The curtains have now closed on Bryan Fuller’s masterful re-imagining of Thomas Harris’ Red Dragon but the third and final season of the series ensures it won’t soon be forgotten. Despite being a network drama, Hannibal still manages to stand head and shoulders almost every other show on television most cable television. It’s consistently well-written, produced & directed at a level that’s borderline cinematic. It’s lovingly-faithful to the source material, and yet still manages to surprise even the most die-hard of Hannibal fans. You can read more of my thoughts on the third season in my review but let’s just say that Hannibal is a show that’ll be sorely missed. – Fergus Halliday

4. Brooklyn Nine-Nine 

The best zany, wacky cop – and office! – gang in ages!  Like Modern Family, the humour isn’t edgy or fresh but the characters are great, in particular Captain Raymond Holt who shows no emotion, his assistant Gina who wears her heart on her sleeve and the two older team members, Scully and Hitchcock.  The appeal lies in the many pop culture references, especially those from the 90s. – Erica Enriquez

3. Game of Thrones

This ones a no-brainer and as major movements continue to occur in the universe of Game of Thrones, things are only going to get more intense. There were a few missteps, mainly with the Dorne storyline (and Tommy Wiseau quality line delivery by the Sand Snakes) but ultimately Season 5 gave us a lot to keep us guessing, especially now that the show has surpassed the books. – Chris Singh

2. The Walking Dead

The fascination with life in a post-apocalyptic zombie existence hasn’t really faded in Season 6, but now it’s the realisation that Rick Grimes in the second half of Season 6 may well take a page out of Season 2 Shane’s book that keeps our attention. Zombies are still disgusting (they’re disintergrating!) but as we already know, it’s the humans left on Planet Earth who are the real threats. – Erica Enriquez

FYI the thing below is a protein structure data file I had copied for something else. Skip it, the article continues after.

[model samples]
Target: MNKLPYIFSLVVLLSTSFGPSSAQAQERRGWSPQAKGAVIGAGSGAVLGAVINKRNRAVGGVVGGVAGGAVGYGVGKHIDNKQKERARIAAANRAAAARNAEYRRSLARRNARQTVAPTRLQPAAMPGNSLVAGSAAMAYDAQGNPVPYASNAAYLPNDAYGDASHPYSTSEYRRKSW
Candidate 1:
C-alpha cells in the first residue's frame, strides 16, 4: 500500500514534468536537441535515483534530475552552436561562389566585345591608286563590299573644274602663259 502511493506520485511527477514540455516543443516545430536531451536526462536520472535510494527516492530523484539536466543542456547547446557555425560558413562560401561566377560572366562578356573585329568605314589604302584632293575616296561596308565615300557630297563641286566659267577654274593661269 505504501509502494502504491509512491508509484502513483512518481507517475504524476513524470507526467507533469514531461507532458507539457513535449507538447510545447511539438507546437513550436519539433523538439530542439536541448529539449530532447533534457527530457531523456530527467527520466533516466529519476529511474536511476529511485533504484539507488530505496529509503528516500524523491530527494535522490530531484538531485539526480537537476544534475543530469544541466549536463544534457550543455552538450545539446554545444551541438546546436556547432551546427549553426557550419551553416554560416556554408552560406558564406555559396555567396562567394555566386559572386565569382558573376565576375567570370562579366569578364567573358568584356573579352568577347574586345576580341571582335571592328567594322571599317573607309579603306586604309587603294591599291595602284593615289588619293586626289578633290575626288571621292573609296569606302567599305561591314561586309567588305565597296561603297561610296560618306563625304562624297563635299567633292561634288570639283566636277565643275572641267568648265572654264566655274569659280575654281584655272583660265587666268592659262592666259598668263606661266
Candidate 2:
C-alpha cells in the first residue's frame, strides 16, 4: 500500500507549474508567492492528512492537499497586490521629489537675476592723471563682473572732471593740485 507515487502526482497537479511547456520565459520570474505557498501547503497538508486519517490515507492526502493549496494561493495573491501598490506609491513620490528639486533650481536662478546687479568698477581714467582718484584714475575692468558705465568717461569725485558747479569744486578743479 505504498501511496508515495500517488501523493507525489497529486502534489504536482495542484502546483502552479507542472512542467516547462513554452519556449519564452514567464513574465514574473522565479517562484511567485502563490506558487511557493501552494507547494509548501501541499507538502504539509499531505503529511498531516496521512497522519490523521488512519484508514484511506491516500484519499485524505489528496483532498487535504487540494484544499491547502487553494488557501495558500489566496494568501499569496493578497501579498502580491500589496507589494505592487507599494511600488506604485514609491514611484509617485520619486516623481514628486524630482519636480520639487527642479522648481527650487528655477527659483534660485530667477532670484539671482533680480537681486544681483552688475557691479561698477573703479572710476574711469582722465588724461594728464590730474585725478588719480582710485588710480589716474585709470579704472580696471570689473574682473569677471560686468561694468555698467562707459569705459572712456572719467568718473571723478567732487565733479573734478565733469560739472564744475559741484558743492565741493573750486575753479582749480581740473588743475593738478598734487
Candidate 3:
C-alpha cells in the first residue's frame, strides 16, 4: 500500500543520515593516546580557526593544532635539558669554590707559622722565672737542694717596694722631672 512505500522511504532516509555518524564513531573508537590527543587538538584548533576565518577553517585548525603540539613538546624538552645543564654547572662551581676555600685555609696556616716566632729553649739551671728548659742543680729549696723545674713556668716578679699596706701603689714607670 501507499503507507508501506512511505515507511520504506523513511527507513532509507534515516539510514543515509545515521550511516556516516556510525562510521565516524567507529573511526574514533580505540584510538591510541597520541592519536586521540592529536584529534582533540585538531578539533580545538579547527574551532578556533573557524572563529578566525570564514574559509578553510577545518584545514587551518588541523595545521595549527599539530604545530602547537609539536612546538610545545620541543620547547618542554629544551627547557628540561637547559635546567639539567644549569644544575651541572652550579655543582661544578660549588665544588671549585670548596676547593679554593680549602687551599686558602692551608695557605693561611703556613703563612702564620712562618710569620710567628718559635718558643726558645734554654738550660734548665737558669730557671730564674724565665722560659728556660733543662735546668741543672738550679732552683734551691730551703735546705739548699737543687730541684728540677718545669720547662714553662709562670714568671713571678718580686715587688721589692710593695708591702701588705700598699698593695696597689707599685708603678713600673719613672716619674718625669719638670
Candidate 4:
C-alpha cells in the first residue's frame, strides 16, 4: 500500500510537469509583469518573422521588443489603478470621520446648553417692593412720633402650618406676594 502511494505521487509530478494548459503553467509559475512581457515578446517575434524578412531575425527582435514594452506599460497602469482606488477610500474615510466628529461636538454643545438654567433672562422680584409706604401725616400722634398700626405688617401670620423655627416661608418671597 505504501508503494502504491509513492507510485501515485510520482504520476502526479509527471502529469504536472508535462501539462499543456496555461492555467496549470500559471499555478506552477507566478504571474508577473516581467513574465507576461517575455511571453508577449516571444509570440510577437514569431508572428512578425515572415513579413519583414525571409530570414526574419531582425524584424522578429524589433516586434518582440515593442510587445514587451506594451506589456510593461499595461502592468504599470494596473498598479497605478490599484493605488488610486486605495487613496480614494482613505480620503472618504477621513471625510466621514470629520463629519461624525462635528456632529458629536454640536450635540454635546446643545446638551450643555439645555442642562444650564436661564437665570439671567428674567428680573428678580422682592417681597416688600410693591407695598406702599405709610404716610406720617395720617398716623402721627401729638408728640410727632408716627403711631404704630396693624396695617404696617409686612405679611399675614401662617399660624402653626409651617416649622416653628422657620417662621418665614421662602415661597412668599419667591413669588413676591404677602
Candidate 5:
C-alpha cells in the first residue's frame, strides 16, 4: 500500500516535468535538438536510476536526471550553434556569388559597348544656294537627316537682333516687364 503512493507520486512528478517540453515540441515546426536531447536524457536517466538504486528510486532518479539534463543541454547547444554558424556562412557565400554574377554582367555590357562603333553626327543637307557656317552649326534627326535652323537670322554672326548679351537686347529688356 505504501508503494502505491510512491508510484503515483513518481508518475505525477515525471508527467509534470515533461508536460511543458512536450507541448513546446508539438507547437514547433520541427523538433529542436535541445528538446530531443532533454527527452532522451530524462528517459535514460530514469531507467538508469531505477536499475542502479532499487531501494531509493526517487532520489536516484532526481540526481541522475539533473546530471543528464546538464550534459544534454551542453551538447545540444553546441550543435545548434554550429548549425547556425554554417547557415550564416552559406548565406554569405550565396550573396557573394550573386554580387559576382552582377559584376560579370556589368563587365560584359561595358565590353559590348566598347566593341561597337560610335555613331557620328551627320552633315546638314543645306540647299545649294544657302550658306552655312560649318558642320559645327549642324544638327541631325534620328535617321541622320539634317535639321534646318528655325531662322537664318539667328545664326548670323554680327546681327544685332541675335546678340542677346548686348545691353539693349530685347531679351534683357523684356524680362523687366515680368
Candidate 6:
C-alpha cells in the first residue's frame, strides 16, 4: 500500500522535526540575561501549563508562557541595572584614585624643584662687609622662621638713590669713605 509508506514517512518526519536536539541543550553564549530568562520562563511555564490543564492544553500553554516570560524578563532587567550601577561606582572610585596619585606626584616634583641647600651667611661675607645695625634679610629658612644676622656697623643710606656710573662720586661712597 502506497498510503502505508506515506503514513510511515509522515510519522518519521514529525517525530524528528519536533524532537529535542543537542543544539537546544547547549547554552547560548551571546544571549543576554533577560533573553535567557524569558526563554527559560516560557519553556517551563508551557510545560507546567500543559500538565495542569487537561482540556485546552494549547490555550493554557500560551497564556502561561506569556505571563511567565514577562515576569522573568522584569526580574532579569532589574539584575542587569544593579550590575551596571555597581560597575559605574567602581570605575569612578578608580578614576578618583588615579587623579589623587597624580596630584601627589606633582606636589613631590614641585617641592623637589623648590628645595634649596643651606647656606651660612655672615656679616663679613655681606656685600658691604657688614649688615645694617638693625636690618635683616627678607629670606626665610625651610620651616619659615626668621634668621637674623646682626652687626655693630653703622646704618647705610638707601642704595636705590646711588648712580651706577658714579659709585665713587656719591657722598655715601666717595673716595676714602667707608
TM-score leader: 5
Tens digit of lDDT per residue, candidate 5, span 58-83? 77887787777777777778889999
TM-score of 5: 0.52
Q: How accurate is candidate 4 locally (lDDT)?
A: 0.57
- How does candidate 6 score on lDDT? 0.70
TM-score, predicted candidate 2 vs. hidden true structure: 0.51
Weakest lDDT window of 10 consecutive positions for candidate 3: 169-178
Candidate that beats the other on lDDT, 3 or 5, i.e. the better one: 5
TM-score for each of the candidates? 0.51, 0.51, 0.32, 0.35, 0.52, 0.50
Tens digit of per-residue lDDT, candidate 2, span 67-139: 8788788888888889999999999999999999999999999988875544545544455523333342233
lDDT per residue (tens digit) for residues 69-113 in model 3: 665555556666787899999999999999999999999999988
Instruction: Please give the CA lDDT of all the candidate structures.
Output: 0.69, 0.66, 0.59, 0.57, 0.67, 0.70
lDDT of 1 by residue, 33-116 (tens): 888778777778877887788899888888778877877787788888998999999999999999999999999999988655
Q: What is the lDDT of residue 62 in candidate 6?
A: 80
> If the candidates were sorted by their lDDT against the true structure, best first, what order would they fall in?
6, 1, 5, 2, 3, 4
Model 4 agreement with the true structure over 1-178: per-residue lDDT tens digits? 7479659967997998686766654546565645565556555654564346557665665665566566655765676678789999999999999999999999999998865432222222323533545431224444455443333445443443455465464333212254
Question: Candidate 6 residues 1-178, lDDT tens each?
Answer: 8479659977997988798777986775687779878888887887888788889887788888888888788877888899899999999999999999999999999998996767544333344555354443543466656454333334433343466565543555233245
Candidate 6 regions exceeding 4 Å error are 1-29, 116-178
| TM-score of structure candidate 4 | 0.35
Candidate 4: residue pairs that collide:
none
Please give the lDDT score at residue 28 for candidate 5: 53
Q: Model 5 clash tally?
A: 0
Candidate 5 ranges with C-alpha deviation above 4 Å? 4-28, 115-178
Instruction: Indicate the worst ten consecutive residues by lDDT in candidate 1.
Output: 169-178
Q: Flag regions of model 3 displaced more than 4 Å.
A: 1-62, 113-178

The first half of Season 6 started off with a relentless sense of dread, a feeling which was sustained for three episodes – that has never happened before in this show and it was a refreshing reminder of how effective the horror of The Walking Dead has become. Walkers AND savage survivors were a huge threat, and the show pulled out some of the most disturbing content it has given us so far (that is, The Wolves hacking people to death).

Then there was the fourth episode, Morgan’s stand-alone flashback, which stands as one of the best the series has ever done, perfectly paced with two stunning performances. It may have dipped in quality for the few episodes that followed, but it picked right back up for the season finale. – Chris Singh

1. Better Call Saul

It’s very easy to imagine a world where Better Call Saul fizzles. It’s a prequel to a side-character who, even if he is a fan-favourite, remains an auxiliary figure. He never really demanded an origin story. However, it’s a testament to Vince Gilligan and Peter Gould and the rest of the writers involved that they manage to make James McGill’s fall to the shady side of the law so compelling. It’s a show made from the same pedigree and toolbox as Breaking Bad but one so fascinatingly different. Breaking Bad is a hard act to top but Better Call Saul is every bit as good as it’s predecessor and absolutely worthy of the praise it gets. – Fergus Halliday

Fans of Breaking Bad were eager to see this prequel to the world Walter White inhabited prior to him meeting Saul Goodman (S’all good, man – geddit?), his shady, spineless lawyer.  Many found its pace too slow, but maybe it’s because they remember Season 5 of Breaking Bad when the shit was really hitting the fan.  It’s heartbreaking watching Jimmy McGill suffer loss after loss, and even though you know where Saul will end up when all is said and done, it’s still distressing to see how he got there.  Why bother watching?  Because he’s your worst fear about yourself realised. – Erica Enriquez